MITCH STEPHEN: (0:22:27.9) Well, with students, we’ve got to do just-in-time learning. We just need to progress from where you’re at. The first thing about that is you’ve got to learn how to make a lot of money to buy this stuff. You’ve got to learn how to make some money. I’ll talk or teach whatever level they’re at. If they want to talk about storages, I’ll talk about it. But usually, I’m just trying to get them to a point where, first of all, they can quit their job so they can get an extra 126 hours a year to devote to themselves and their family and becoming an expert at whatever they’re passionate about. Then the next level after that is to build wealth. Then the next level after that is to preserve it by buying forever cash things. Usually by the time people start making money, they’ve got their own ideas. They might be going into apartments or strip centers or whatever, developing land or whatever. You know, I’ll talk to people about anything they want to talk about.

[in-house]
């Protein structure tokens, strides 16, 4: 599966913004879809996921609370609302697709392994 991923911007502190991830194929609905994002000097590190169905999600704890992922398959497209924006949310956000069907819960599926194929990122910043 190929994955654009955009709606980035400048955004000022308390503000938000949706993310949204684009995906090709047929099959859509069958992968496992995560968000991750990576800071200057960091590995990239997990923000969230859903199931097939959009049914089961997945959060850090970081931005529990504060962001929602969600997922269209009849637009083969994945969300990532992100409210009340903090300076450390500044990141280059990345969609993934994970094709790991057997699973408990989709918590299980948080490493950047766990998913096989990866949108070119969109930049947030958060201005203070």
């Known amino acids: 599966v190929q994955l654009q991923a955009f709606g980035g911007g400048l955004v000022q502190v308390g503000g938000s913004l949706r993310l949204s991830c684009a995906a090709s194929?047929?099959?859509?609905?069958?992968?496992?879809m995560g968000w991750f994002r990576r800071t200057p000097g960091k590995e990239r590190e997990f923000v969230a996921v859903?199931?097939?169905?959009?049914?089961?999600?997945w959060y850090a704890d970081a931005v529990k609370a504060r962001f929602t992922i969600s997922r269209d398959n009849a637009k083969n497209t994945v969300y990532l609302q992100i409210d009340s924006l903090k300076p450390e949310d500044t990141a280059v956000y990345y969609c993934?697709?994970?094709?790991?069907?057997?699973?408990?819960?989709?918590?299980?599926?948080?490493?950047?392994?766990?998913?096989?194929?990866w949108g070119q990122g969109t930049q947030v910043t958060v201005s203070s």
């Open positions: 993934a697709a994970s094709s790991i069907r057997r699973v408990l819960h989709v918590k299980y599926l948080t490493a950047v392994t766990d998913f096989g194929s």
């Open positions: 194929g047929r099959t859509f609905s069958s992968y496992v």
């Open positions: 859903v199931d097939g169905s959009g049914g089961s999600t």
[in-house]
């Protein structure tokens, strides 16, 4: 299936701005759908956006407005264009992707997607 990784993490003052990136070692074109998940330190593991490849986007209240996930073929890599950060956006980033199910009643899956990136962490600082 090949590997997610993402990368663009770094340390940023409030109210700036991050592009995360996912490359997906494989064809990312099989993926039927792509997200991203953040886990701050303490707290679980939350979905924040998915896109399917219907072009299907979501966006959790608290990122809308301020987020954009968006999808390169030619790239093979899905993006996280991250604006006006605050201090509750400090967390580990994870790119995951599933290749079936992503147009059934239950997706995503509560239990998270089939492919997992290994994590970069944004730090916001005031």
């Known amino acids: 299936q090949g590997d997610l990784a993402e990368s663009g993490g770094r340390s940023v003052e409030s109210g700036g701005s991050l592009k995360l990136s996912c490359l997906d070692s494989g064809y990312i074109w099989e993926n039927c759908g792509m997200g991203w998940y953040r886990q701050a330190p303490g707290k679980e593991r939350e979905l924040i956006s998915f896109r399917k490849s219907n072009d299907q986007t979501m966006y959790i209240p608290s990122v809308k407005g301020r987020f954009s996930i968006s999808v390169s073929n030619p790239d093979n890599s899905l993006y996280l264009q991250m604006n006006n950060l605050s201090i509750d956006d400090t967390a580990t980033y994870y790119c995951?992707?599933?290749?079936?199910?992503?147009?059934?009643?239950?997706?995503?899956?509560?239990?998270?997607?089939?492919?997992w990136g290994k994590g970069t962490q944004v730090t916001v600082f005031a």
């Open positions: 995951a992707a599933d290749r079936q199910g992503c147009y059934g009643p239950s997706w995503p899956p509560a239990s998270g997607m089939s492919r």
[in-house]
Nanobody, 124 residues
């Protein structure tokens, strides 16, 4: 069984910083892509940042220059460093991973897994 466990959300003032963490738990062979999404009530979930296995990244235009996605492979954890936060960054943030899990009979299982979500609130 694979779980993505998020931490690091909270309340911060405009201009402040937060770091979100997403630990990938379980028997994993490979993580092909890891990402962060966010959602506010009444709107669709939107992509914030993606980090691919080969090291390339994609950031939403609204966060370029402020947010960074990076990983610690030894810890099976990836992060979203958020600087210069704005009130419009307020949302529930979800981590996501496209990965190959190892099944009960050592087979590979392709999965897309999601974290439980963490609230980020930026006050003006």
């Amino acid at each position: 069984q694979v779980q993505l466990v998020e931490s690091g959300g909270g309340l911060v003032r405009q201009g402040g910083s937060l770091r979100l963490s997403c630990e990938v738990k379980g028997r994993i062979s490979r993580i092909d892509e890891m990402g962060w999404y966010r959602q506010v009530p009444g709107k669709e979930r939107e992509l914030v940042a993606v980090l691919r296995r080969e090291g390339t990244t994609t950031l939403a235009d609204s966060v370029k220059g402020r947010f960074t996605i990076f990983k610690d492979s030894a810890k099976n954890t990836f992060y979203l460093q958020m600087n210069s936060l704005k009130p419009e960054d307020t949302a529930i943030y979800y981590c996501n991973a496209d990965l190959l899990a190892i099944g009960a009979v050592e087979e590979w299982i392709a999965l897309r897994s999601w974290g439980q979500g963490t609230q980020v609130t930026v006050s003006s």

PDC: In the event that, five years into their note payments, they lose their job, something catastrophic happens…you kind of briefly mentioned this, but how do you set the course so you can avoid the whole foreclosure process?

MITCH STEPHEN: (0:23:34.3) I don’t. I put myself as a lien holder, and they owe me a note. I have a lien on their property. The deal is we live in two different states. My foreclosure process and Georgia’s foreclosure process…Texas and Georgia are about the fastest foreclosure process in the world, Mississippi. The flyover states seem to have not lost their freakin’ minds and still give the guy putting up the money some rights. In the liberal states, they give all the rights to the tenant who has nothing committed to anything, which doesn’t make any sense to me. My seller finance strategy won’t work in places nearly as well, or even at all, in states where you can’t get someone out of a house in a reasonable period of time. Can’t do it in Florida. But there are other ways to do it, like you’re suggesting. In Florida, there’s a way to do it. It’s not my way, but I know the way. In California, there are lease options and a bunch of stuff, but still, if you’ve got to go in front of a judge to get this stuff done, if those judges are liberal and bleeding hearts, then, you know, oh, it’s Christmas or it’s snowing and she’s pregnant. We’ve got to leave them in there for another six months. It’s like where the hell does it say that in the statute? Did I misread it? But you can’t argue with a judge. So you’ve got to go someplace where laws are interpreted a little more conservatively.